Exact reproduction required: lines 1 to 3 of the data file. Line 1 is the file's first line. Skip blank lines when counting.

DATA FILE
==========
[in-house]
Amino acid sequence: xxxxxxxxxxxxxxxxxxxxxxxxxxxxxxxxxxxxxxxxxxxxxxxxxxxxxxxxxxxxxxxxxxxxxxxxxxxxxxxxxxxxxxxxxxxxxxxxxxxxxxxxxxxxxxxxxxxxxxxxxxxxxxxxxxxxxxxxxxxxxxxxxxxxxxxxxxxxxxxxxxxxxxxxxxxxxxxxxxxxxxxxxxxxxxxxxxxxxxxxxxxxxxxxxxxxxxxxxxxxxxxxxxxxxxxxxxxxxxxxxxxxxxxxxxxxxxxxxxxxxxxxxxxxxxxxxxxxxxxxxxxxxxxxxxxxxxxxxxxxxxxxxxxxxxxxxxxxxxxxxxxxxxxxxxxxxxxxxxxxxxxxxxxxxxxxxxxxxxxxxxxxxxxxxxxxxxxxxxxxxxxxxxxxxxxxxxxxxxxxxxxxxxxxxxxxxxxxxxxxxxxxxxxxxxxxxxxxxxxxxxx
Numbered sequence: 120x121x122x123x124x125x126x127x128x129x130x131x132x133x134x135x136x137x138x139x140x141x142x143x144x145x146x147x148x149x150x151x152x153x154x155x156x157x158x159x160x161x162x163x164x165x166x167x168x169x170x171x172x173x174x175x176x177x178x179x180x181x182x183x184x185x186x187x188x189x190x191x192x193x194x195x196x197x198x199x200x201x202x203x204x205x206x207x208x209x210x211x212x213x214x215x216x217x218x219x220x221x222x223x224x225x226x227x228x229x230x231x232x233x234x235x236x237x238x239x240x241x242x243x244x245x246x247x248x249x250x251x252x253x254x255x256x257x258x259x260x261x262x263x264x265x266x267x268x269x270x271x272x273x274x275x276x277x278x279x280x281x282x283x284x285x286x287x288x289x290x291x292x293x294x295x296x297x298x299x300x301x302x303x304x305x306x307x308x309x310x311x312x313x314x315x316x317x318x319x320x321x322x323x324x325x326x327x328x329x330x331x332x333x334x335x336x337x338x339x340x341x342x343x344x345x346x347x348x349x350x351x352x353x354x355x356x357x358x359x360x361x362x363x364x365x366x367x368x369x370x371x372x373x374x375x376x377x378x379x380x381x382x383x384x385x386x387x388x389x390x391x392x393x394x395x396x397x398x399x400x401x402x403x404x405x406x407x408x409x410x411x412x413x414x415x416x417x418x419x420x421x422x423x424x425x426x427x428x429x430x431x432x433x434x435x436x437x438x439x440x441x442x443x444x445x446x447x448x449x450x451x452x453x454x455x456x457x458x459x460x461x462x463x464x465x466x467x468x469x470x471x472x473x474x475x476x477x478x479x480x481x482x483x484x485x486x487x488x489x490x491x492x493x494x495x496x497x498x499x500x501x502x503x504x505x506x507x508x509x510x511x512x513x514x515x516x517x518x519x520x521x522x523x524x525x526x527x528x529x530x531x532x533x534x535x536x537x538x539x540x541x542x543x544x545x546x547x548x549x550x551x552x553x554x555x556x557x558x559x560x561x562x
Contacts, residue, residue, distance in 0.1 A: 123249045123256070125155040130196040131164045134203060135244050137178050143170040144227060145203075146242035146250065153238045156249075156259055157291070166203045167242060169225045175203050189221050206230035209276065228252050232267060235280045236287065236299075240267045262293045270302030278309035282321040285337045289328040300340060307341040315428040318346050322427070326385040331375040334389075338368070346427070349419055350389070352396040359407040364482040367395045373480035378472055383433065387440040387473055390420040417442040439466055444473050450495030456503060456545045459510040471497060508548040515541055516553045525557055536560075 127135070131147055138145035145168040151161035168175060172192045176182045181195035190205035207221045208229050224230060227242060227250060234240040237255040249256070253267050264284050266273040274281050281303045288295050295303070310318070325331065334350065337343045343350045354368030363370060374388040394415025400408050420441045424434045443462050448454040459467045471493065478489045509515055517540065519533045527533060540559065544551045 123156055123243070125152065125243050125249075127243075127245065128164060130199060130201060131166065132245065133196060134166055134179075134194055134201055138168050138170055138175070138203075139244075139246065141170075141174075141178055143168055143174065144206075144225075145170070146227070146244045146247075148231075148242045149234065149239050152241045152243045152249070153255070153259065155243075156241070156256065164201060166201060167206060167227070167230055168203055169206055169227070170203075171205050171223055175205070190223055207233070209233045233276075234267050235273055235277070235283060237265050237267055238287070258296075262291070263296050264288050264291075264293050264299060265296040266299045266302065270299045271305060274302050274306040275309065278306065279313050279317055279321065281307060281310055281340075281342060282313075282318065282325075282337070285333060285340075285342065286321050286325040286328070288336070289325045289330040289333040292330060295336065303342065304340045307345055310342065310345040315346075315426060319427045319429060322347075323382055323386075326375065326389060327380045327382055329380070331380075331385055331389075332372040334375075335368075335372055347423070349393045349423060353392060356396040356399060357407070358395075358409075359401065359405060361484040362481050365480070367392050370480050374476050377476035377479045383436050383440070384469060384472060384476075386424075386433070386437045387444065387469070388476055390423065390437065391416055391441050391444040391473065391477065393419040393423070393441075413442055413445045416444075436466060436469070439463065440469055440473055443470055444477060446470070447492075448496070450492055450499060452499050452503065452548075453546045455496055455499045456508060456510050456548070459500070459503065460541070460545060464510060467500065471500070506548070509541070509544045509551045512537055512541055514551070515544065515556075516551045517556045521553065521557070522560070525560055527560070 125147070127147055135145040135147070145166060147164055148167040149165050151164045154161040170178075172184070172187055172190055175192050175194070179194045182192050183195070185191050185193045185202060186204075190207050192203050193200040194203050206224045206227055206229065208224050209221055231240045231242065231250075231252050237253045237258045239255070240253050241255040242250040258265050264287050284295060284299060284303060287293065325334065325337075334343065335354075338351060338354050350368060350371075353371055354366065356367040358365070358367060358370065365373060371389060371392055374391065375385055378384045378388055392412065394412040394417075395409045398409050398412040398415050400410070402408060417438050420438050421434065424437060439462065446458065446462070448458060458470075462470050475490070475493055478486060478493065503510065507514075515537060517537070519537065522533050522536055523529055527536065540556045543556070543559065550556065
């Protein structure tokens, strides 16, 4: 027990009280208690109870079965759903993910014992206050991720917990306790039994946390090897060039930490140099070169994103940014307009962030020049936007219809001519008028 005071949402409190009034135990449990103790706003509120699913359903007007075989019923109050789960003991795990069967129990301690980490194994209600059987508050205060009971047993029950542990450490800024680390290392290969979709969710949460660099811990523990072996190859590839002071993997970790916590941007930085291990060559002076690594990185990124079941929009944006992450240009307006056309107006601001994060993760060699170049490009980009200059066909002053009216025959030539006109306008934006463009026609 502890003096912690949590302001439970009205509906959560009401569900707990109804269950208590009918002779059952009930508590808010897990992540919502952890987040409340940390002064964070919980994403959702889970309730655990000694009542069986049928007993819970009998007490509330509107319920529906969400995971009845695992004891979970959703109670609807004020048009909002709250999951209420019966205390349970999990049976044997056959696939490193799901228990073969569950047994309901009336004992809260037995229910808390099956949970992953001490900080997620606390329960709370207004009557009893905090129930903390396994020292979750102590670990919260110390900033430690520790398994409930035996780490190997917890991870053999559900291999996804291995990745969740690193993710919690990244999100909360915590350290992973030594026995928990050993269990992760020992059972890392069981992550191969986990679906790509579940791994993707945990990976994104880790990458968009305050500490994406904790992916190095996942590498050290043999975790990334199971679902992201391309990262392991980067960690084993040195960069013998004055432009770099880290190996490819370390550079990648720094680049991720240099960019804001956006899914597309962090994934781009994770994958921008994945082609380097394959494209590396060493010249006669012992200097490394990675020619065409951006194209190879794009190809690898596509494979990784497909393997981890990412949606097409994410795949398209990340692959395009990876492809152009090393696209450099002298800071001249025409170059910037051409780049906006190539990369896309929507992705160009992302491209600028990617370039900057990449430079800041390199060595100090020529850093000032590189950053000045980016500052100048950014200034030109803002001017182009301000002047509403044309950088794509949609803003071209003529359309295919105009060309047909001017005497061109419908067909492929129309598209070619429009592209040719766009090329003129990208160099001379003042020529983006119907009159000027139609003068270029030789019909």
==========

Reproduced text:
[in-house]
Amino acid sequence: xxxxxxxxxxxxxxxxxxxxxxxxxxxxxxxxxxxxxxxxxxxxxxxxxxxxxxxxxxxxxxxxxxxxxxxxxxxxxxxxxxxxxxxxxxxxxxxxxxxxxxxxxxxxxxxxxxxxxxxxxxxxxxxxxxxxxxxxxxxxxxxxxxxxxxxxxxxxxxxxxxxxxxxxxxxxxxxxxxxxxxxxxxxxxxxxxxxxxxxxxxxxxxxxxxxxxxxxxxxxxxxxxxxxxxxxxxxxxxxxxxxxxxxxxxxxxxxxxxxxxxxxxxxxxxxxxxxxxxxxxxxxxxxxxxxxxxxxxxxxxxxxxxxxxxxxxxxxxxxxxxxxxxxxxxxxxxxxxxxxxxxxxxxxxxxxxxxxxxxxxxxxxxxxxxxxxxxxxxxxxxxxxxxxxxxxxxxxxxxxxxxxxxxxxxxxxxxxxxxxxxxxxxxxxxxxxxxxxxxxxxx
Numbered sequence: 120x121x122x123x124x125x126x127x128x129x130x131x132x133x134x135x136x137x138x139x140x141x142x143x144x145x146x147x148x149x150x151x152x153x154x155x156x157x158x159x160x161x162x163x164x165x166x167x168x169x170x171x172x173x174x175x176x177x178x179x180x181x182x183x184x185x186x187x188x189x190x191x192x193x194x195x196x197x198x199x200x201x202x203x204x205x206x207x208x209x210x211x212x213x214x215x216x217x218x219x220x221x222x223x224x225x226x227x228x229x230x231x232x233x234x235x236x237x238x239x240x241x242x243x244x245x246x247x248x249x250x251x252x253x254x255x256x257x258x259x260x261x262x263x264x265x266x267x268x269x270x271x272x273x274x275x276x277x278x279x280x281x282x283x284x285x286x287x288x289x290x291x292x293x294x295x296x297x298x299x300x301x302x303x304x305x306x307x308x309x310x311x312x313x314x315x316x317x318x319x320x321x322x323x324x325x326x327x328x329x330x331x332x333x334x335x336x337x338x339x340x341x342x343x344x345x346x347x348x349x350x351x352x353x354x355x356x357x358x359x360x361x362x363x364x365x366x367x368x369x370x371x372x373x374x375x376x377x378x379x380x381x382x383x384x385x386x387x388x389x390x391x392x393x394x395x396x397x398x399x400x401x402x403x404x405x406x407x408x409x410x411x412x413x414x415x416x417x418x419x420x421x422x423x424x425x426x427x428x429x430x431x432x433x434x435x436x437x438x439x440x441x442x443x444x445x446x447x448x449x450x451x452x453x454x455x456x457x458x459x460x461x462x463x464x465x466x467x468x469x470x471x472x473x474x475x476x477x478x479x480x481x482x483x484x485x486x487x488x489x490x491x492x493x494x495x496x497x498x499x500x501x502x503x504x505x506x507x508x509x510x511x512x513x514x515x516x517x518x519x520x521x522x523x524x525x526x527x528x529x530x531x532x533x534x535x536x537x538x539x540x541x542x543x544x545x546x547x548x549x550x551x552x553x554x555x556x557x558x559x560x561x562x